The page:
How to adapt to the future of work

How to adapt to the future of work
How to adapt to the future of work.
How to adapt to the future of work
How to adapt to the future of work.

On Tuesday 21 November 2017 Deloitte hosted an event at its offices in Johannesburg, South Africa which looked to tackle how businesses and governments can approach the future of work.

Now this is an extremely loaded term, “future of work,” it can be looked at from a multitude of angles, but what the speakers at the event tried to unpack was how technology and innovation will impact the business of tomorrow.

Opening proceedings at the event was South African tech journalist, Toby Shapshak, who eloquently set the scene of the day’s discussions by showing the natural progression of the evolving workforce, which has happened numerous times over many of years.

“There has been an unprecedented shift over the last 10-15 years,” pointed out Shapshak. “Work has evolved to something you do rather than somewhere you go.”

This trend that he highlighted falls directly into what is being referred to as the remote workforce. The need for people to be in the office has been drastically reduced, in-fact some businesses will encourage their employees to work remotely as it saves them money on office space said Shapshak. “Everything is going mobile, there has been a shift in how we live in the world and how we consume things,” he added.

Shapshak, however, pointed out that this shift has been hit with a resistance which can only be described as natural. “As people, we are reluctant to accept change. Our brains are wired to make certain choices at certain times. We have a biological imperative to learn and remember things, so when we shift from one way of doing things to another there is a resistance.”

This resistance, which Shapshak mentioned, pointed at the shift in mindset that is needed for businesses and government to successfully navigate the future of work. Additionally, it also lead perfectly into the next speaker’s presentation.

That speaker was none other than Valter Adão who is the head of digital at Deloitte. “We live in a world where things are happening outside of our paradigm. We look at what can go wrong with these technological shifts instead of the opportunity that they provide. This means that many people are left on the sidelines and run the risk of being left behind,” said Adão.

He then pointed out 3 waves of disruption which have impacted the future of work:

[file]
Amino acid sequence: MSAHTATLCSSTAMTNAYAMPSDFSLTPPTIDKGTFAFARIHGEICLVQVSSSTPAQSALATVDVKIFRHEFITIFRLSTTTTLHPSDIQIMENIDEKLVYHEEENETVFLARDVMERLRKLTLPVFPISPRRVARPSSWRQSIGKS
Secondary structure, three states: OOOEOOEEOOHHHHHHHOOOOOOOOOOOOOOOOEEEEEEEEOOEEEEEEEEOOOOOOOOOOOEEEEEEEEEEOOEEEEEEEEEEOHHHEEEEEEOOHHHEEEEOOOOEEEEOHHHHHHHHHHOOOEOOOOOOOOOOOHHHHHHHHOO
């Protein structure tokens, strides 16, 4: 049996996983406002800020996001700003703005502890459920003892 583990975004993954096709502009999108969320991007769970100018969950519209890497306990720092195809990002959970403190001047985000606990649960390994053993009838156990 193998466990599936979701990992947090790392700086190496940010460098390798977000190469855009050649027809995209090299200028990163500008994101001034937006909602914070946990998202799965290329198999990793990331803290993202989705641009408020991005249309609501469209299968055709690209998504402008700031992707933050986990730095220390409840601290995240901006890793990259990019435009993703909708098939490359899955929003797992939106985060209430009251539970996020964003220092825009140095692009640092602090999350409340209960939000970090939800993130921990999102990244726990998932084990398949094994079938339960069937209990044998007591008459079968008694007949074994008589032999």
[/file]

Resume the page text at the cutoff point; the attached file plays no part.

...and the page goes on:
1) Understanding of digital transformation: Many businesses, when first introduced to the idea of digital transformation, did not really understand what it meant. Some may have thought, “I have a social media page, I must be a digital company,” but no you are not. Adão says that it took a while for people to understand that digital transformation is to create a new (digital) way of operating.

2) Becoming digital at the core: After organisation got a grip on the meaning of digital transformation, they then had to look at making it digital at the core. This goes far beyond simply having a couple of digital processes, but instead making it function as a digital business where all processes are digitalised.

3) How do I get my organisation to shift?: It is one thing to change the processes of a company to digital ones, it is another thing altogether to ensure that the people within the organisations are digitally inclined. This shift will see organisations change mindsets, create and adapt jobs and change people. According to Adão this is the step where a lot of organisations are currently.

These waves were then met with an exponential rate of technological advancement, which again begs the question what is the future of work?

According to Adão, organisations need to stop taking a linear approach to exponential markets. He pointed out the three ways in which markets have changed:

1) Dematerialisation: This trend has seen companies like Uber and Airbnb come and disrupt markets which were previously very stable. This disruption was done without these companies owning any cars or property. This shift is seen as a trend which allows an organisation to maximise assets for maximum profit.

2) Demonetisation: This trend has seen digital business stop charging the actual customer and instead generate revenue elsewhere. Adão pointed out the GPS app Waze as an example. Instead of charging people to use the service it instead looks to charge clients for added value on the app such as advertising.

3) Democratisation: The last trend has seen the formation of a market which is accessible to anyone with a smartphone. No longer are the services only available for the privileged few, now it is open to the masses, allowing for a bigger revenue pool. Often companies leverage this openness to enhance their operations. Adão pointed out TripAdvisor as a classic example. TripAdvisor relies on average people contributing to the site to improve its service.

“If you are rigid and don’t adapt you will become irrelevant. Much has been made of how future tech will change work by replacing the humans. Instead, it should be looked at as an opportunity to create more jobs which leverage these new technologies,” concluded Adão.

By Dean Workman
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